by Edited by Carol Zarrow

Ideas to Inspire CIOs

Jan 01, 20033 mins

The Deviant’s Advantage: How Fringe Ideas Create Mass Markets

By Ryan Mathews and Watts Wacker

Crown Business, 2002, $25.95

As if they sensed the book’s title might pose a problem, futurists and consultants Ryan Mathews and Watts Wacker waste no time assuring readers that they’re using the word deviant in its purest form: something or someone away from the norm.

Deviance, they say, is the ultimate source of growth and innovation. So how do mainstream companies go deviant? By hiring people who will tell management when it’s time to let go of old and tired ideas (and whom management will presumably thank instead of firing). This book is a wild ride and well worth the initial wince at the title.

What’s Next? Exploring the New Terrain for Business

By Eamonn Kelly and Peter Leyden

Perseus Publishing, 2002, $26

The global business network rejects the notion that one theory fits all when the topic is the future. Coauthors Kelly and Leyden (the GBN’s president and knowledge developer, respectively) map the future’s new terrain into four thematic areas and examine individual aspects of those themes in chapters populated with ideas from 50 artists, scholars, scientists and writers. The effect is remarkably like a live symposium and a solid demonstration of the GBN’s mantra that “none of us is as smart as all of us.”

A Passion for Ideas: How Innovators Create the New and Shape Our World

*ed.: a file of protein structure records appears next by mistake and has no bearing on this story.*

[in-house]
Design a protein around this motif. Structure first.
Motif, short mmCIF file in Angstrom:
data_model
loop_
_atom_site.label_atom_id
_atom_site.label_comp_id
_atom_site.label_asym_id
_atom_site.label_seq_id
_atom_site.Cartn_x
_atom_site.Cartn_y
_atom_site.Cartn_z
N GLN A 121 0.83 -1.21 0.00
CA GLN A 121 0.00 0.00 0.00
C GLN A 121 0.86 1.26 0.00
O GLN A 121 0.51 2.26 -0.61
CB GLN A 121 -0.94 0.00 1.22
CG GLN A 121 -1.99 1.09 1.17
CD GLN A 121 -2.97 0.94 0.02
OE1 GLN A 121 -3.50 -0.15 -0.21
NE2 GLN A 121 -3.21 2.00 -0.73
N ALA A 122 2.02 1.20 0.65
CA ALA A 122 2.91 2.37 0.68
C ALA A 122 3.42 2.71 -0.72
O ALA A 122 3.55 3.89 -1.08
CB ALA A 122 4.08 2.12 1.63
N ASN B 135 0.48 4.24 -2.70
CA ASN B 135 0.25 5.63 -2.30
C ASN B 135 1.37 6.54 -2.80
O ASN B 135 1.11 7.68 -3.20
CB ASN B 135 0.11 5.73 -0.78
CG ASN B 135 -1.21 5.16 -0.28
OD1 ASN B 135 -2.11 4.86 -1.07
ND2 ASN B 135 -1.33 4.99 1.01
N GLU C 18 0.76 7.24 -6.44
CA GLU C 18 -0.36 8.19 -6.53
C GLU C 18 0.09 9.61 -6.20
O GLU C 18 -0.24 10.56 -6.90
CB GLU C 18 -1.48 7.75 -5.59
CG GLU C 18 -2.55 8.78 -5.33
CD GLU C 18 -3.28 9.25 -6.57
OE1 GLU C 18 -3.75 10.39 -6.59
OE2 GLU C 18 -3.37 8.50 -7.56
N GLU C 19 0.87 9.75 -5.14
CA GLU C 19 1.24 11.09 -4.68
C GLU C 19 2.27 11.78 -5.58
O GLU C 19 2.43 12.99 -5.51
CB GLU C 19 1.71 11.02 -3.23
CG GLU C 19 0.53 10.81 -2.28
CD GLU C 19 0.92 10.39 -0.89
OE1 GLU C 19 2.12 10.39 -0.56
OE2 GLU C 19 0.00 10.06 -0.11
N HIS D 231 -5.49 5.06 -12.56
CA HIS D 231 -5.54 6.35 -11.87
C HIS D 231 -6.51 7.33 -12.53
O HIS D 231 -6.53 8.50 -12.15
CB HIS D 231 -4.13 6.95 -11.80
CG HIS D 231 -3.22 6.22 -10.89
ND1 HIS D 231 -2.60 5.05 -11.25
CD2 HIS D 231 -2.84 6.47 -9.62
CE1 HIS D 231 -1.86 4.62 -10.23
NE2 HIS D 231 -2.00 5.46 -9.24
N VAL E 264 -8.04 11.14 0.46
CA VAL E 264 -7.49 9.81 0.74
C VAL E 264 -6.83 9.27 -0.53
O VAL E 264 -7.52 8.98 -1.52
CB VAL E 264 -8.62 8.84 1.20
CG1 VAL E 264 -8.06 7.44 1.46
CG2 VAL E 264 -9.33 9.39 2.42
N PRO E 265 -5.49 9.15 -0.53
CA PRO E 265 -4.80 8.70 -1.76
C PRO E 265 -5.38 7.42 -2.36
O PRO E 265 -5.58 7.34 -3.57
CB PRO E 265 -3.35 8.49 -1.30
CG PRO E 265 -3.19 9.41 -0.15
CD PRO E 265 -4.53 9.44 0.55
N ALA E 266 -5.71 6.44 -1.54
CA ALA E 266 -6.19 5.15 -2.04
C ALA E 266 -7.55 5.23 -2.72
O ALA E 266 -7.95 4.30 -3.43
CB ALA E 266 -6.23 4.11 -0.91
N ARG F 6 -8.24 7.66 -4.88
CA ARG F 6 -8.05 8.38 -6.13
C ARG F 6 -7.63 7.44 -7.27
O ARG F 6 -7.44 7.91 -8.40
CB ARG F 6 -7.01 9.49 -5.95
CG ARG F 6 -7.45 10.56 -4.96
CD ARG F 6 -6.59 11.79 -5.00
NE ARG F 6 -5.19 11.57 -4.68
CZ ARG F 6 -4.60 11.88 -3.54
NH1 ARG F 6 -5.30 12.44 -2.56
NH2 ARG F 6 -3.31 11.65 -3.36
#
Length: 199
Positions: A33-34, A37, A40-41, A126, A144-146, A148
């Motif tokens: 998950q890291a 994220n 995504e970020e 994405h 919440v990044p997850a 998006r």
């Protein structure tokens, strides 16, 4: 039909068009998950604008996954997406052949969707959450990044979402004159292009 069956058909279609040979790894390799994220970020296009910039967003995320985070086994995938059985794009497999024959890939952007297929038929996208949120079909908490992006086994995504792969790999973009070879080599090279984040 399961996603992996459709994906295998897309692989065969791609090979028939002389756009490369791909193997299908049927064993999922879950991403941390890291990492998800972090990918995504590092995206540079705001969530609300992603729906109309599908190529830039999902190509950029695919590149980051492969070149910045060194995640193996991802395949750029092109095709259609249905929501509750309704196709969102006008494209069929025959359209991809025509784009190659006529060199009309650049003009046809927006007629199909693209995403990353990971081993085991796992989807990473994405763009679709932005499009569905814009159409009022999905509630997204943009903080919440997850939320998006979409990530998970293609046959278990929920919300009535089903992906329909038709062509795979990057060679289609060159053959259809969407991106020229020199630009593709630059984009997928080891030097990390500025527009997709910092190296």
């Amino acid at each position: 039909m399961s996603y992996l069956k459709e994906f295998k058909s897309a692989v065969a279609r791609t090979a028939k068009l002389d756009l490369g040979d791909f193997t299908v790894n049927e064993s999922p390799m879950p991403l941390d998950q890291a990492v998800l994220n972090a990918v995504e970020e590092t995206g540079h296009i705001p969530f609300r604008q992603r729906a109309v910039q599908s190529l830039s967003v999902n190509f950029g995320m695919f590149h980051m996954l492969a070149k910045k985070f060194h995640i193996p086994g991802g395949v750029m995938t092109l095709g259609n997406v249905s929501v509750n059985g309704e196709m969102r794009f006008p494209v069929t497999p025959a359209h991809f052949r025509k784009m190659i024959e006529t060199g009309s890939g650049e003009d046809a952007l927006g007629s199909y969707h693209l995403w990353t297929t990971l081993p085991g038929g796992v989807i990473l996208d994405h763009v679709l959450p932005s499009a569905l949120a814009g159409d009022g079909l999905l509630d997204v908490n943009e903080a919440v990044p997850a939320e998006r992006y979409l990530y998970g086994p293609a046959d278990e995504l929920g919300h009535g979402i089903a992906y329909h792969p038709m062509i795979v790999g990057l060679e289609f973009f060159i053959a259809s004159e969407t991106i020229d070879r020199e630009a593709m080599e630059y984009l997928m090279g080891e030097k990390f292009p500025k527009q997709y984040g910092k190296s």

By Heinrich von Pierer and Bolko von Oetinger, eds.

Purdue University Press, 2002, $24.95

How is “the new” discovered? ask the editors of A Passion for Ideas, a collection of essays by or interviews with 26 innovators in the fields of art, music, business and science. These creative minds expound on how they “do creativity.” Readers may doubt the subjects’ calm assurances that creativity is possible, even easy. The book’s central challenge, however, is persuasive and undeniable: All organizations have to come out for an encore or become irrelevant.

The Greatest Minds and Ideas of All Time

By Will Durant

Simon & Schuster, 2002, $20

Historian and philosopher Will Durant was frequently asked for his opinion on the best, the greatest or the highest, and answered in a series of essays that originally appeared as magazine articles and lectures and have now been compiled into The Greatest Minds and Ideas of All Time.

Numerous books have exhumed historical figures and propped them up as exemplars of modern corporate virtues. Thankfully, this lively little book is not one of those. Reading it is to experience Durant’s great mind having fun. Readers will have fun too with this pure play of ideas.

CIO Best-Seller List

Execution: The Discipline of Getting Things Done

by Larry Bossidy and Ram Charan

Crown Publishing Group, 2002

Primal Leadership: Realizing the Power of Emotional Intelligence

By Daniel Goleman, Richard Boyatzis and Annie McKee

Harvard Business School Press, 2002

Fish! A Remarkable Way to Boost Morale and Improve Results

by Stephen C. Lundin, Harry Paul and John Christensen

Hyperion, 2000


By Rudolph W. Giuliani

Miramax Books, 2002

Good to Great: Why Some Companies Make the Leap…and Others Don’t

By Jim Collins

HarperCollins Publishers, 2001

Source: October 2002 data, compiled by Powell’s Books, Portland, Ore.